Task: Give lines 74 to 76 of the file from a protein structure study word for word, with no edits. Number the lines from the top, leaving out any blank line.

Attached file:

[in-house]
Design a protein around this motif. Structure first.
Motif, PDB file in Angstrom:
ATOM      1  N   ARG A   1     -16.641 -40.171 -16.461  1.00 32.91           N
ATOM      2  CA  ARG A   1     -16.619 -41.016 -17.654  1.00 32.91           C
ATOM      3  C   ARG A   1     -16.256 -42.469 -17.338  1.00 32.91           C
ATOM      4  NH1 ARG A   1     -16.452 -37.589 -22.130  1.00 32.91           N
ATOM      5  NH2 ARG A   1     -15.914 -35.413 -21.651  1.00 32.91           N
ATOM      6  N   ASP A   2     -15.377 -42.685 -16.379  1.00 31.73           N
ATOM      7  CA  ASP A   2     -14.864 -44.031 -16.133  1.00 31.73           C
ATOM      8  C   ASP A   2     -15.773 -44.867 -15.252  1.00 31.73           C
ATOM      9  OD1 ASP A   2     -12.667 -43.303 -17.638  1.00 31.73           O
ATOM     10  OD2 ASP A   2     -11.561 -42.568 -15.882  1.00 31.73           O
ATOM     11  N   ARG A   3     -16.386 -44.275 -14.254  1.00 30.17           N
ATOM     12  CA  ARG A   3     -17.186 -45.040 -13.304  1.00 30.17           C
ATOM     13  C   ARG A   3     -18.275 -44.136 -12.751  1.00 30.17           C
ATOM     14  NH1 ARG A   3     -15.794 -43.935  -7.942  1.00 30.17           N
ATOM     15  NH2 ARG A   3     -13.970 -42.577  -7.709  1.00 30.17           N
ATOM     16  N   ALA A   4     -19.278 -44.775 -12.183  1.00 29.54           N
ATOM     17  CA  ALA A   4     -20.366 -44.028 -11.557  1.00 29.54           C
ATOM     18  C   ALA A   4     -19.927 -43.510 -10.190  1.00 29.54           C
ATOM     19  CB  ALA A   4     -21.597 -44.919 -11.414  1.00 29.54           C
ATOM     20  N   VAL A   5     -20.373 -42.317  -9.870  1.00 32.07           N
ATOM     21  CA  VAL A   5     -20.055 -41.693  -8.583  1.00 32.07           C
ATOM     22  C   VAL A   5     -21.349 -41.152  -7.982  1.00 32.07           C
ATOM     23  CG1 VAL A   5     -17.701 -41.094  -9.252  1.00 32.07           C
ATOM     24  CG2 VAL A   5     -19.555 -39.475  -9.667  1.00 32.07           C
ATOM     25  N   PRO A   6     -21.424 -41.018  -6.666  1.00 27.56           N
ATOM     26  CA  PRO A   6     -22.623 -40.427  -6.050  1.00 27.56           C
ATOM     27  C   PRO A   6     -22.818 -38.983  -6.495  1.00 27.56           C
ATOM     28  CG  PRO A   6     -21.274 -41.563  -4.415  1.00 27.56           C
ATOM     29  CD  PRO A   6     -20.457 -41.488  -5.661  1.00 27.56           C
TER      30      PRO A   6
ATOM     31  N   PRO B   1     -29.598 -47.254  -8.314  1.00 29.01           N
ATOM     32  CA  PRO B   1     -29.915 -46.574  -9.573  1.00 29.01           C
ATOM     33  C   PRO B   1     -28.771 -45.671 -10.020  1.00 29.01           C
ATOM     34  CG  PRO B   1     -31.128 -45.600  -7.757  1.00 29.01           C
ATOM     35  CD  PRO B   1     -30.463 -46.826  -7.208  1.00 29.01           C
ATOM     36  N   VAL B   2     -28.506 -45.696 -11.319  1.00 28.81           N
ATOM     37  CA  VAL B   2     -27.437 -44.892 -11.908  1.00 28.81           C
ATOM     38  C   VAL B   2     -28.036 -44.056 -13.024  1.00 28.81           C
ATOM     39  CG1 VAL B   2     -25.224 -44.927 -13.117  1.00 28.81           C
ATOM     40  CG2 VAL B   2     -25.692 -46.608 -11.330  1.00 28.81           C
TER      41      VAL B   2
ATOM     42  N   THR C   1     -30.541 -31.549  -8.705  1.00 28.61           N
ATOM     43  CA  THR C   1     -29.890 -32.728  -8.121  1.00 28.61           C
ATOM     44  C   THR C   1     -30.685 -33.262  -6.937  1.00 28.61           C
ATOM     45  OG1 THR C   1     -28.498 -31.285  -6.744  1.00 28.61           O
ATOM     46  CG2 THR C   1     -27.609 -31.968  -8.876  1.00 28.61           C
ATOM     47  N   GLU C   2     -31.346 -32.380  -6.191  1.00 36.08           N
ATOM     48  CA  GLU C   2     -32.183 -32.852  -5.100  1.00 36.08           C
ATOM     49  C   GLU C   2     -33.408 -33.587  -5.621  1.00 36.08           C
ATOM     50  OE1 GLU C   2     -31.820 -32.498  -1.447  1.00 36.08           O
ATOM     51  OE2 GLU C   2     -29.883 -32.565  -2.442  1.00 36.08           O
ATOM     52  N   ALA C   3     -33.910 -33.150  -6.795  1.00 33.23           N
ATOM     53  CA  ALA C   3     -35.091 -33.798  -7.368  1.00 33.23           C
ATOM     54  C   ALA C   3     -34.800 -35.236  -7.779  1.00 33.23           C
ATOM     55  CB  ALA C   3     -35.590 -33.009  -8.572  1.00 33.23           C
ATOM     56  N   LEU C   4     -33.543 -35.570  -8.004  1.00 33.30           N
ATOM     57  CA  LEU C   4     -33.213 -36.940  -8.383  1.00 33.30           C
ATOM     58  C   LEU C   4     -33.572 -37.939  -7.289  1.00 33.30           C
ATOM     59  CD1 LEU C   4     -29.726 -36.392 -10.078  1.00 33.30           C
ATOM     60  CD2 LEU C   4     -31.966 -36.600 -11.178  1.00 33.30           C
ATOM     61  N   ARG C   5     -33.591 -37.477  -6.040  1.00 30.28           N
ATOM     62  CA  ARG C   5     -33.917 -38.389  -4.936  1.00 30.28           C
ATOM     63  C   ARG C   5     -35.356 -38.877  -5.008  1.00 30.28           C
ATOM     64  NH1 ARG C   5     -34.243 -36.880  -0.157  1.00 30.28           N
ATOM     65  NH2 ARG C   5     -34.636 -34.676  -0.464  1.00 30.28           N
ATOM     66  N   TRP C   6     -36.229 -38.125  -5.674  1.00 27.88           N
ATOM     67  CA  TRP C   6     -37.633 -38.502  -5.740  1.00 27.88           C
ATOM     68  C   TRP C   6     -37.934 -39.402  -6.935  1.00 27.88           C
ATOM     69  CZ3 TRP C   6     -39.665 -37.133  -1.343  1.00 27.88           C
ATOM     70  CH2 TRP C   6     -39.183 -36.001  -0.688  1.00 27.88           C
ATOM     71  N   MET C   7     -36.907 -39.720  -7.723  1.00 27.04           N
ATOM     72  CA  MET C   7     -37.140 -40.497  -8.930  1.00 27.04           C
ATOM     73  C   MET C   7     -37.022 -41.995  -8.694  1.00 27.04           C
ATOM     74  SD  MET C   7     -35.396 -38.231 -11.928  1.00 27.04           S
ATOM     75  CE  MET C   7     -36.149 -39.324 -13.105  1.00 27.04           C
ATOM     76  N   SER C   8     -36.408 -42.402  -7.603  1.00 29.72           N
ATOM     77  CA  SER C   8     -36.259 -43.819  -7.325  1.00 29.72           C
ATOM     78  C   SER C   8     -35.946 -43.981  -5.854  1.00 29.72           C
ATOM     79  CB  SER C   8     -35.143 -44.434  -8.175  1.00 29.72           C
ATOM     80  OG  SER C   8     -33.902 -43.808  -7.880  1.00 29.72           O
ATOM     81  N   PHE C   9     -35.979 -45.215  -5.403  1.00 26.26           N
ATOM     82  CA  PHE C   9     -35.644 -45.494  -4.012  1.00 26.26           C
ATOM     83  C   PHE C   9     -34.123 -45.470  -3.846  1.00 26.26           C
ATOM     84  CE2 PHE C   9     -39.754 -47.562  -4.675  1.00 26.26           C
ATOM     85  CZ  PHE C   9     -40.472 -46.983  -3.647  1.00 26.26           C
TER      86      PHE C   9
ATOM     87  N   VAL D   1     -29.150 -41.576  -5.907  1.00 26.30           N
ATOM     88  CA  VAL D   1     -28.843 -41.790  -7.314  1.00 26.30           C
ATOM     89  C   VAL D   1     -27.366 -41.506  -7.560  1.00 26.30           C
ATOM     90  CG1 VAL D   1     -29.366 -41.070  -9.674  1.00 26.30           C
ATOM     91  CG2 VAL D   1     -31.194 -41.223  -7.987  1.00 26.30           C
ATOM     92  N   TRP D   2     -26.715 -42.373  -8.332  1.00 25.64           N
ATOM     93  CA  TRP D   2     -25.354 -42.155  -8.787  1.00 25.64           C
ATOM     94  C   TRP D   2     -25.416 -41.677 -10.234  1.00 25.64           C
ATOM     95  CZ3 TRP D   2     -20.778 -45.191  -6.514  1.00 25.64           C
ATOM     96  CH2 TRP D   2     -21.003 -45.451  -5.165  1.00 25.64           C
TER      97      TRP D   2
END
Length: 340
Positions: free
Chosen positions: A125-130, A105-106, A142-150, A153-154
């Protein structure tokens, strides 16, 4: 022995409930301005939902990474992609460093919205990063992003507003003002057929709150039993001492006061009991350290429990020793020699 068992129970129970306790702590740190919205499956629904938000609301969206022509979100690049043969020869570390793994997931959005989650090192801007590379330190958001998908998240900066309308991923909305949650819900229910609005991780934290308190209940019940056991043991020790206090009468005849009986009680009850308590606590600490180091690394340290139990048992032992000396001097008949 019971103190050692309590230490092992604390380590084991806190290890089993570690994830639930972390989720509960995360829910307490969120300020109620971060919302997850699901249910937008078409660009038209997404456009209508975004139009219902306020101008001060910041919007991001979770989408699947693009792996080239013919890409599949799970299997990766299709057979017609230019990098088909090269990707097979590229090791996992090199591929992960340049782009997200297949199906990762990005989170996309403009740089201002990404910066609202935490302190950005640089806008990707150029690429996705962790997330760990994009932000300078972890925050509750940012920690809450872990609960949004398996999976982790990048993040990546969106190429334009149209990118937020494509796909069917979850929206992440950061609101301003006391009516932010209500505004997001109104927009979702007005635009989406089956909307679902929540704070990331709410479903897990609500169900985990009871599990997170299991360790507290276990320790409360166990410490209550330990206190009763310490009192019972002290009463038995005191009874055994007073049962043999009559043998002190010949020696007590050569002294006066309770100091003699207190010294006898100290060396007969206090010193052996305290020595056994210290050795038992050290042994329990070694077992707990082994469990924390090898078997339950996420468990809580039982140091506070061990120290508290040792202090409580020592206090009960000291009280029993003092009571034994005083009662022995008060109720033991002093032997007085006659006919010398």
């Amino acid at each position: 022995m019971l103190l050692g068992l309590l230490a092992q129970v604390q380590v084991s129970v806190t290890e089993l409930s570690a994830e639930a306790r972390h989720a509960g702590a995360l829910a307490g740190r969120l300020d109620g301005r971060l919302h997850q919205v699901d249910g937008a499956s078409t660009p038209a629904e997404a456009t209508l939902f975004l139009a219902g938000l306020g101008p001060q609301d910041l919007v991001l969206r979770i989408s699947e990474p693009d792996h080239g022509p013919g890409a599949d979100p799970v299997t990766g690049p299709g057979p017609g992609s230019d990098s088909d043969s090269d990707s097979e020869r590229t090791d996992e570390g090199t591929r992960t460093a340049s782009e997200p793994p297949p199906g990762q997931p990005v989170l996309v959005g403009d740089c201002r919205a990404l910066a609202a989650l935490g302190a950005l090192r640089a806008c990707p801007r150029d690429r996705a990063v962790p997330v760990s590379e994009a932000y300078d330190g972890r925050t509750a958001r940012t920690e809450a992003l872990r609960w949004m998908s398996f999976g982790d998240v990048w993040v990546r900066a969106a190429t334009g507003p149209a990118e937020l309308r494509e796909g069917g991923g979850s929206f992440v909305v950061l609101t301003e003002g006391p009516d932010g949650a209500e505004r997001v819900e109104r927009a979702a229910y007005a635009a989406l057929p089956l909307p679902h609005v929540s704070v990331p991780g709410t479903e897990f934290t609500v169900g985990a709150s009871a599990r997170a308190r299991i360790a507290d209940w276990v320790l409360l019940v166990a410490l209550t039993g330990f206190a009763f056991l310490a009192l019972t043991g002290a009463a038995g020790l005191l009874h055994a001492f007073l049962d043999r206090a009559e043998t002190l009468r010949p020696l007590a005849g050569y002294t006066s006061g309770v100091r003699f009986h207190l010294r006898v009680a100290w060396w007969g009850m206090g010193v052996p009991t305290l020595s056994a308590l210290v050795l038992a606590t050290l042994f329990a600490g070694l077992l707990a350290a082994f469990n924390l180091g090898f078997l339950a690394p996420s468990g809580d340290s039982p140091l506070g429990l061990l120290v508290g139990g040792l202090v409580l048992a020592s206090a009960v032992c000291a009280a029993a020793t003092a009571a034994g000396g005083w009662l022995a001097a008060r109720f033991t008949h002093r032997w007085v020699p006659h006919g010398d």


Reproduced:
ATOM     71  N   MET C   7     -36.907 -39.720  -7.723  1.00 27.04           N
ATOM     72  CA  MET C   7     -37.140 -40.497  -8.930  1.00 27.04           C
ATOM     73  C   MET C   7     -37.022 -41.995  -8.694  1.00 27.04           C